Meet Cliff Janeway, Former Denver homicide detective forced into retirement for taking the law into his own hands in a domestic abuse case. Now he runs a book store dealing with rare 1st editions which natually always leads to murder. Well, not really. But it seems like it. Good stuff though.
I was returning a video to library yesterday and saw that the lastest book in this series was out. The Bookwoman's Last Fling is the fifth in this mystery series by John Dunning. I love mysteries, novels of intrigue/spy and when combined with the book collecting world it seemed too good to avoid. This particular one adds horseracing to the mix of murder and books.
I am kind of obsessive about reading series characters in order so I would recommend starting with Booked to Die but they can be read in any order as they do stand alone with the exception of missing a few things about characters that develop over the course or ones that come along later. Dunning was a reporter and used to run a book store in Denver until he closed it down after success of the first Cliff Janeway book. He still maintains an online version of the store, Old Algonquin Books.
If you liked the Davinci code genre but prefer something a little less page turny and tad more literary, the Washington Post book world critic suggested the following , "If you like these sorts of books, I suggest instead Lawrence Norfolk's Lempriere's Dictionary, A.S. Byatt's Possession, Umberto Eco's Foucault's Pendulum, and Iain Pears' An Instance of the Fingerpost."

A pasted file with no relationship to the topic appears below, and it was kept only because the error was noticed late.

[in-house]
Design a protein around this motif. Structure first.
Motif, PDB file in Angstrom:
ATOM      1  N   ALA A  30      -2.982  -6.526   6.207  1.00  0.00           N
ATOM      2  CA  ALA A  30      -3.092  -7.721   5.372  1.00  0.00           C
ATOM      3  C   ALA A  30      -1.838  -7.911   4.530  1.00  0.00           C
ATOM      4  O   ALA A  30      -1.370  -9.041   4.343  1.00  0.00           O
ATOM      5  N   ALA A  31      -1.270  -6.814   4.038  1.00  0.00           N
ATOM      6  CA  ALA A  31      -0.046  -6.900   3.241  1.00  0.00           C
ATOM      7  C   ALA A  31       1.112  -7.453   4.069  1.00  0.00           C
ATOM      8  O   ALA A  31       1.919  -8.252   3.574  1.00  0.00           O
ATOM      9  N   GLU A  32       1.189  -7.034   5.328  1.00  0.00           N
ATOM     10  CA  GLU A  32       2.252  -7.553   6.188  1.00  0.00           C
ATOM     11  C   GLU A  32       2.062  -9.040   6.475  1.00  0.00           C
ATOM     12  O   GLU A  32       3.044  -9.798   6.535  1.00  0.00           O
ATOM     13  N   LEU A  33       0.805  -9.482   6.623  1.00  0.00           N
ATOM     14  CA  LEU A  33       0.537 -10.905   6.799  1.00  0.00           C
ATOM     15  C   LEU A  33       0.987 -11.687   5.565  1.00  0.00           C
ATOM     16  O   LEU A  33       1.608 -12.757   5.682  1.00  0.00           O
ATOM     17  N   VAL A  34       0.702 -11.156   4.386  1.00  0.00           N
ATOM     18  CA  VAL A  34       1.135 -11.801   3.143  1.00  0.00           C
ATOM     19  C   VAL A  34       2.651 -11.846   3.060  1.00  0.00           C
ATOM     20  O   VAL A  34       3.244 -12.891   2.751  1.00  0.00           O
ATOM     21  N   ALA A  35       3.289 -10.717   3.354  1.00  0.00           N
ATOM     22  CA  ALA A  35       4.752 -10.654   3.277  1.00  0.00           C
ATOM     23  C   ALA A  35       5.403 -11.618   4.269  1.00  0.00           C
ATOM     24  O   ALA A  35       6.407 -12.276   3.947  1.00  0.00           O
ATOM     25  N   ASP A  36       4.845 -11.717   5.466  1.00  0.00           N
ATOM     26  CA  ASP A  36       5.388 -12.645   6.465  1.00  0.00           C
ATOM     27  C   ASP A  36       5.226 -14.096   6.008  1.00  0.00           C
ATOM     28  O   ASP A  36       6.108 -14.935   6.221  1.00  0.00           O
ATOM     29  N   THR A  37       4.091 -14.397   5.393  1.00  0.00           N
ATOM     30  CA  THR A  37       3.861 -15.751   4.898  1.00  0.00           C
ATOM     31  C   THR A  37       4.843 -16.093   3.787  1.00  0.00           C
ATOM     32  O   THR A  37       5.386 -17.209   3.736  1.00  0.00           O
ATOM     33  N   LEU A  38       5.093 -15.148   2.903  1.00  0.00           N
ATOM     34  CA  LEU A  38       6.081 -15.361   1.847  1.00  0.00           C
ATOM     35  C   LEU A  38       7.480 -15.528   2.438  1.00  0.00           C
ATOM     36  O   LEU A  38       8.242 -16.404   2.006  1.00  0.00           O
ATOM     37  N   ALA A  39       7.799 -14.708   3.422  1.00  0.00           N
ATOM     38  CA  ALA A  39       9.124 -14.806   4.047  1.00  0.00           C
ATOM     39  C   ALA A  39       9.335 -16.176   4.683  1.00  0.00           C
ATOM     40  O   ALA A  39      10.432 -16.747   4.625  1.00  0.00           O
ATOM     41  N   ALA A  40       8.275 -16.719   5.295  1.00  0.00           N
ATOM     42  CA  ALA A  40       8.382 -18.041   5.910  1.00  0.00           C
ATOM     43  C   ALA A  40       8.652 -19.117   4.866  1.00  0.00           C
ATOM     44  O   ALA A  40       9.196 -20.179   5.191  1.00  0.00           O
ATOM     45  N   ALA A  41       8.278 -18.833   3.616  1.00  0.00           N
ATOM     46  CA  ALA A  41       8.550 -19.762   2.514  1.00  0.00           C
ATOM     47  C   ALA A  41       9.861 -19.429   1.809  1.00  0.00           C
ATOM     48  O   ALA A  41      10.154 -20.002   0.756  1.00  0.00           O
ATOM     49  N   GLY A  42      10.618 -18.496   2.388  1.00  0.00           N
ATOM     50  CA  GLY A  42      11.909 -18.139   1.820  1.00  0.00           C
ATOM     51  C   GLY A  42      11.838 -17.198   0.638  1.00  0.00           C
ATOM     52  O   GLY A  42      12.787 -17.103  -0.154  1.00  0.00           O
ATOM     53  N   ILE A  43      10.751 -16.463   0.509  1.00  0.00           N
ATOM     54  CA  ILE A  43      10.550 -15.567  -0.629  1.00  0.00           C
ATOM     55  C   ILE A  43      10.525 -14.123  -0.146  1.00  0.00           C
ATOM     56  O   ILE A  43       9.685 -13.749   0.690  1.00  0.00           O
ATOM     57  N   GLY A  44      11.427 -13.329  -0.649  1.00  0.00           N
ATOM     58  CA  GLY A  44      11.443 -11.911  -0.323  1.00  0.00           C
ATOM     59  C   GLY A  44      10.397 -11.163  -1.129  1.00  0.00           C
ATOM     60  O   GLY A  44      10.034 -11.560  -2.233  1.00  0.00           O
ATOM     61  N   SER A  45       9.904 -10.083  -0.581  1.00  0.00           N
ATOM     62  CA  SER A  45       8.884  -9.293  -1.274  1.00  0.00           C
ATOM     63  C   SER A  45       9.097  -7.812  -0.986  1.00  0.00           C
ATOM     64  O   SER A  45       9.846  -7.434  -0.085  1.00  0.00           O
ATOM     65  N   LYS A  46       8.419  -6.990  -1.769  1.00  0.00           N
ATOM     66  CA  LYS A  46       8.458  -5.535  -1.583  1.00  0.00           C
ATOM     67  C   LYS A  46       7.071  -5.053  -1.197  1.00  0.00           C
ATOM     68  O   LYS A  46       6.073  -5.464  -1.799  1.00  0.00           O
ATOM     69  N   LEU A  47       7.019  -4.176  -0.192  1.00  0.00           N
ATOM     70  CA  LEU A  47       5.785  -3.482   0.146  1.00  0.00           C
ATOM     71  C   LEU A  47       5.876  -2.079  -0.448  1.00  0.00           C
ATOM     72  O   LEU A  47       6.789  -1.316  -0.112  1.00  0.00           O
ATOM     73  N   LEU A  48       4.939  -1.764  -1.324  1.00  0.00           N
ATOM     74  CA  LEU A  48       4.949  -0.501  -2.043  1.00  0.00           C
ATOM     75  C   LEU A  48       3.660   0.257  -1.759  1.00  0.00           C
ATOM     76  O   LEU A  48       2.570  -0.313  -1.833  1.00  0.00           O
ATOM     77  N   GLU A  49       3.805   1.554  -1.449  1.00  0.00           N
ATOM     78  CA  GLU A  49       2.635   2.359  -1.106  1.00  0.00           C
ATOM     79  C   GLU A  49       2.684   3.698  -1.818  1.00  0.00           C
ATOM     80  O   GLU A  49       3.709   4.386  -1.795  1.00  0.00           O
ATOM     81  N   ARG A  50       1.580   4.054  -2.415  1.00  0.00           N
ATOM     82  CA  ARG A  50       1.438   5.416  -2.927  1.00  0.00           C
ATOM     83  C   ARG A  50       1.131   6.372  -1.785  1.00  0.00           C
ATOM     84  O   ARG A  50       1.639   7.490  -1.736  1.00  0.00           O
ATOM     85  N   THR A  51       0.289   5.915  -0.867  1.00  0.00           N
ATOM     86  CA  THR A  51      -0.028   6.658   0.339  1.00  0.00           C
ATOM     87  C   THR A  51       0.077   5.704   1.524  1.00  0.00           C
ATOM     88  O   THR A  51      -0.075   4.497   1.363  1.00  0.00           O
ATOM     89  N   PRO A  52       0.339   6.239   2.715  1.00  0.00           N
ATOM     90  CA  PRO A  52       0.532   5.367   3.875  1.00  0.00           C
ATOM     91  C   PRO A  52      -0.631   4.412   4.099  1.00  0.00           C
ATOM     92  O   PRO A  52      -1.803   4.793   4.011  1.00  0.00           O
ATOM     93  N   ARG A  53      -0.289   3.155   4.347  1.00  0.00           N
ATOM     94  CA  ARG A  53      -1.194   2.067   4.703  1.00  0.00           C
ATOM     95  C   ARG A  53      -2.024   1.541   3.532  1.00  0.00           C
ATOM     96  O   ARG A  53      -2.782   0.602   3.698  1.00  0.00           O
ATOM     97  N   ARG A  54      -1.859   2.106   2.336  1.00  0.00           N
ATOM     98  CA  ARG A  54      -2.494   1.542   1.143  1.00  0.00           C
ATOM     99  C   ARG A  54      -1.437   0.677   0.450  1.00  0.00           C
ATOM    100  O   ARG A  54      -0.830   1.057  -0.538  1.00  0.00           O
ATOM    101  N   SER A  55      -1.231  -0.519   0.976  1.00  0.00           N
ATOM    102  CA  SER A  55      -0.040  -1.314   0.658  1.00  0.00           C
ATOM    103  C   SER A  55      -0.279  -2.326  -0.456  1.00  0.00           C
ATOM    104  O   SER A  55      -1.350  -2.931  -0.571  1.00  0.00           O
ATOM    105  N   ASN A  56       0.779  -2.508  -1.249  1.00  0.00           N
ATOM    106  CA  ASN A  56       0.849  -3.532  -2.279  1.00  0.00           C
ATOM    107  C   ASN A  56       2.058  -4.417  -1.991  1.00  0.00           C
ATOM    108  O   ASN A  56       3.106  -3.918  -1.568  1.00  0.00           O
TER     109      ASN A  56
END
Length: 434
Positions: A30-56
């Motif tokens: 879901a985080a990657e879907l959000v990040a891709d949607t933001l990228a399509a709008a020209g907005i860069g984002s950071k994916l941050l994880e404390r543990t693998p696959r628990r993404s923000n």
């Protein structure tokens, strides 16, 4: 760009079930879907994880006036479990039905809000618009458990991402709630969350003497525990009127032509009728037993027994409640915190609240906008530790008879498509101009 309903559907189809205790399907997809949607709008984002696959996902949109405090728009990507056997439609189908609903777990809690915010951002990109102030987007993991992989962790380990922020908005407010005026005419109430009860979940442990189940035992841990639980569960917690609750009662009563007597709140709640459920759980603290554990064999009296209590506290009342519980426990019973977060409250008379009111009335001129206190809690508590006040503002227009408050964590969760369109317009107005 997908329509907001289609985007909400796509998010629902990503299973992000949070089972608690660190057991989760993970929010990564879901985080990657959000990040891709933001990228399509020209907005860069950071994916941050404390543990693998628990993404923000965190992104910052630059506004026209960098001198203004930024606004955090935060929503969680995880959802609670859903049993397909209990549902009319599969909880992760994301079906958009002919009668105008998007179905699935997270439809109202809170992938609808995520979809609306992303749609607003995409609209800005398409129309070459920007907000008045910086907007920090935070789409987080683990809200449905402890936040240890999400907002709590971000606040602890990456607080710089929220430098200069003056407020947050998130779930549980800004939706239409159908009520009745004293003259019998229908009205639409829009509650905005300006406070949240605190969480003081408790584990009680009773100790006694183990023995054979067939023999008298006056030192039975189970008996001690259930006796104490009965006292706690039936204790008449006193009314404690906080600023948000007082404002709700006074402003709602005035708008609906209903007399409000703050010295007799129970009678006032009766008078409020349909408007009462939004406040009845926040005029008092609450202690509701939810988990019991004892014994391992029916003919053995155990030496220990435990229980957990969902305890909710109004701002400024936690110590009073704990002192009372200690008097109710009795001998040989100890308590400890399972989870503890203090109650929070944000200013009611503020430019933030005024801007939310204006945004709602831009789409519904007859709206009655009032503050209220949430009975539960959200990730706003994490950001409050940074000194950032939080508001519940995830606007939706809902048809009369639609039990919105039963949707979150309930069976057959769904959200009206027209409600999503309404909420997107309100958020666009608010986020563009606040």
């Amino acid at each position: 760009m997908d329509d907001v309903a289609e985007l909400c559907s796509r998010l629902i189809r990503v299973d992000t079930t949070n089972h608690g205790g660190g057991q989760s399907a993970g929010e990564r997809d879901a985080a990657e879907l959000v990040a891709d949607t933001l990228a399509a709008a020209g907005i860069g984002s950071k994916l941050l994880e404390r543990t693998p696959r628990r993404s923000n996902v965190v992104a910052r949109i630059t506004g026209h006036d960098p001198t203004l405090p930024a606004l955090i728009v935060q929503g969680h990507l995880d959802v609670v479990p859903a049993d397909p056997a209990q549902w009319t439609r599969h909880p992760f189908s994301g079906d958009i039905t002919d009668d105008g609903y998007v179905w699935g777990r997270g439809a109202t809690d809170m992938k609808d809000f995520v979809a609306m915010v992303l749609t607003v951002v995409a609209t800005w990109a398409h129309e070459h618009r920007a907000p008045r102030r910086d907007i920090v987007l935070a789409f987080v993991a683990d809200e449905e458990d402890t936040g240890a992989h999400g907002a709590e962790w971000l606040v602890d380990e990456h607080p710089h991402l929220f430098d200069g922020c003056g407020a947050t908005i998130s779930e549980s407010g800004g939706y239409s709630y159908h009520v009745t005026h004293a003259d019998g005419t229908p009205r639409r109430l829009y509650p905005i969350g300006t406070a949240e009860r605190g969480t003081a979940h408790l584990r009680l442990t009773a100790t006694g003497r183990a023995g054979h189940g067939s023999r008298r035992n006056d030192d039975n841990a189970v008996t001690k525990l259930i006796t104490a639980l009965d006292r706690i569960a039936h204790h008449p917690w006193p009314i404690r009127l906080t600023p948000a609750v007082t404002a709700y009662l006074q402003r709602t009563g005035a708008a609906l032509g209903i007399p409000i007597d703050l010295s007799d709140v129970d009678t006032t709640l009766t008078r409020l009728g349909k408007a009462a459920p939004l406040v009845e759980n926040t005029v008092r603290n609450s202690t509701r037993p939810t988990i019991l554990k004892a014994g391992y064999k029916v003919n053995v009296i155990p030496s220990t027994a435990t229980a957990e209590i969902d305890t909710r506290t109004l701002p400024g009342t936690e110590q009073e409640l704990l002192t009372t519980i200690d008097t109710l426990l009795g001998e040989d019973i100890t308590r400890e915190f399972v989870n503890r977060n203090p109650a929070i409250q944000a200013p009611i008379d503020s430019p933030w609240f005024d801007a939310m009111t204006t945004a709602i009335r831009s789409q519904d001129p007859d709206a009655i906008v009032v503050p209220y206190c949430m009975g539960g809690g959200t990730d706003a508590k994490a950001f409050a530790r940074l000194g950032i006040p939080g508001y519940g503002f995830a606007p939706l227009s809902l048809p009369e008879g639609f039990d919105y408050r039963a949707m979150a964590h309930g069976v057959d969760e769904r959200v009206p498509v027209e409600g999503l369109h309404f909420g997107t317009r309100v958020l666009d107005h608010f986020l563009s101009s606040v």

I would choose Instance of the Fingerpost and Lempriere's Dictionary as I think they have been overlooked. If possible find UK version of the Norfolk book as the American one has been expurgated to the point of confusion in some spots. I have a copy of the Byatt book but have never read it as I wanted to read Middlemarch first since they are related. Obsessive again I know.
Catching up on a couple months worth of music blogs is nigh impossible but I did find a reference to an older Onion piece on I am Fuel music blog (its in my list somewhere). Apologies if you saw this already...
Inventory: Seven Songs With Factual Or Logical Mistakes In The Lyrics
1. U2, "Pride (In The Name Of Love)"
It's probably difficult to work the assassination of a civil-rights leader into a song––but if anyone can do it, Bono can! Unfortunately, he fudges the facts a bit in the last chorus of this song, when he sings about the killing of Martin Luther King Jr., "Early morning, April 4 / Shot rings out in the Memphis sky." King was actually shot on the balcony of the Lorraine Motel at 6:01 p.m., which makes Bono off by about 10 hours. But he did get the date and the city right. Oh, and the pride part. Which isn't bad for a Nobel Peace Prize nominee.
The rest are here...